District Judge Brownlie had concluded that the appellants’ actions amounted to direct discrimination contrary to Regulation 5(1) of the 2006 Regulations. Moreover, she stated that, even if she had been persuaded that the McArthurs had not been aware of Mr Lee’s religious belief and/or political opinion, she would have found that they had discriminated against him by treating him less favourably on the grounds of their own religious beliefs and political opinion. She considered that she was required to read down the 2006 Regulations and the 1998 Order so as to include reasonable accommodation for the manifestation of the appellants’ beliefs; however, the relevant anti-discrimination provisions were necessary in a democratic society and were a proportionate means of achieving the legitimate aim of protecting Mr Lee’s rights and freedoms. To do otherwise would be to allow religious belief to dictate what the law is. The McArthurs were entitled to continue to hold their genuine and deeply held religious beliefs and to manifest them, but that had to be done in accordance with the law – and that included not manifesting them in the commercial sphere if the manner of doing so was contrary to the rights of others. In any event, she found that the anti-discrimination provisions in the relevant legislation were a proportionate interference permitted under Article 10(2) ECHR.

The questions

The questions included in the case stated were set out in the full judgment at [20]. The Court chose to answer two of them: whether it had been correct to hold that the appellants had discriminated against the respondent directly on grounds of sexual orientation contrary to the Equality Act (Sexual Orientation) Regulations (NI) 2006 and directly on grounds of religious belief or political opinion contrary to the Fair Employment and Treatment (NI) Order 1998 [20(a) and (b)] and whether, as a matter of law, it was unnecessary to read down or disapply the provisions of the 2006 Regulations or the 1998 Order to take account of the appellants’ protected Article 9 right to hold and manifest their genuinely held religious belief about the nature of marriage [20(d)].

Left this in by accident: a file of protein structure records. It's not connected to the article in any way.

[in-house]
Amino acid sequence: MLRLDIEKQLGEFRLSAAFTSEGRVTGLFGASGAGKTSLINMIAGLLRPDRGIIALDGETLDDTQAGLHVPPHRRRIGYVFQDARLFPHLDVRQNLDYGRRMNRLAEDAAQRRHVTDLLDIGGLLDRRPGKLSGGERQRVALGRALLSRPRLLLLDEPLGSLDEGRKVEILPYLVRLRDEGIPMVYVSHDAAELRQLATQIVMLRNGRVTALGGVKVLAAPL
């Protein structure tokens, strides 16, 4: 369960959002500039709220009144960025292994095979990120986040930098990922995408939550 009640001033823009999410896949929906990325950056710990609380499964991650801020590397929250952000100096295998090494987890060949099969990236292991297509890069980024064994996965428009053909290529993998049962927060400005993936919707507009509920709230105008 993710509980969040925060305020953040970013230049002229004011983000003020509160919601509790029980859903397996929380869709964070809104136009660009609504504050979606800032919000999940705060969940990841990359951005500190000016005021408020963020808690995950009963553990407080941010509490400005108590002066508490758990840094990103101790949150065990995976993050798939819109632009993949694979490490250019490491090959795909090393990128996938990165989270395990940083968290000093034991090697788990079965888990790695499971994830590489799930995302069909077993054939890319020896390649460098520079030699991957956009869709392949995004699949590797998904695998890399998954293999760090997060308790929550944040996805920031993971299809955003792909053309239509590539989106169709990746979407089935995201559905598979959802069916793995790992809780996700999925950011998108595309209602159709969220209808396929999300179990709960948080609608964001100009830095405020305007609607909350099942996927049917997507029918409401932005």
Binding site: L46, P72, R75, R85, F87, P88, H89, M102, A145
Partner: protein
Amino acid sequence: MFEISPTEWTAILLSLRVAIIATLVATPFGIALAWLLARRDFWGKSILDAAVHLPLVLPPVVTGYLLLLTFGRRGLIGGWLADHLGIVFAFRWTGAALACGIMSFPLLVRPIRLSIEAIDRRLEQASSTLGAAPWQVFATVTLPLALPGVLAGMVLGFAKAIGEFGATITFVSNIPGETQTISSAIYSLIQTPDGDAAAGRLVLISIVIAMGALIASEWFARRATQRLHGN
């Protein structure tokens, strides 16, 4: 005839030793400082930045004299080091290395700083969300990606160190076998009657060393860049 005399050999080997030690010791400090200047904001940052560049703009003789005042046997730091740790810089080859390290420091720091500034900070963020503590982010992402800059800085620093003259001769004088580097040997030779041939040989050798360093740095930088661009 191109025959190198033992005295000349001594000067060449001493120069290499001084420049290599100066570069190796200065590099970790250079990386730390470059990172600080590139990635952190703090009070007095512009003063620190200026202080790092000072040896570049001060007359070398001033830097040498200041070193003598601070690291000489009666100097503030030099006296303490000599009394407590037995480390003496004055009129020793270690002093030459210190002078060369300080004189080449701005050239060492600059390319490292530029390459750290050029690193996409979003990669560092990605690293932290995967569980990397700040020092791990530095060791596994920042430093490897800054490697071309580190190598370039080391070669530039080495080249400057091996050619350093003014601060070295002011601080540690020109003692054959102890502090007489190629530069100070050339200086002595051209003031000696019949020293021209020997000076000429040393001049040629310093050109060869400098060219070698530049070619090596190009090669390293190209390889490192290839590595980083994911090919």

His Lordship noted that Northern Ireland had a large and strong faith community many of whom took an active part in commerce; and it was important that such people should continue to contribute to the well-being of the Northern Ireland economy and that there should be no chill factor to their participation [49]. He noted, however, that there was a long history of discrimination against the LGBT community: homosexual acts in private between consenting males were criminalised until 1985 and gay men were reluctant to expose their sexuality and some were subjected to blackmail and other intimidation. The potential for conflict between the rights of the LGBT community and the religious community had, unfortunately, long been a feature of public debate in Northern Ireland and the strongest opposition to the decriminalisation of homosexual acts between consenting males came from the religious community. It was obviously important that the LGBT community should feel able to participate in the commercial life of the community freely and transparently [50].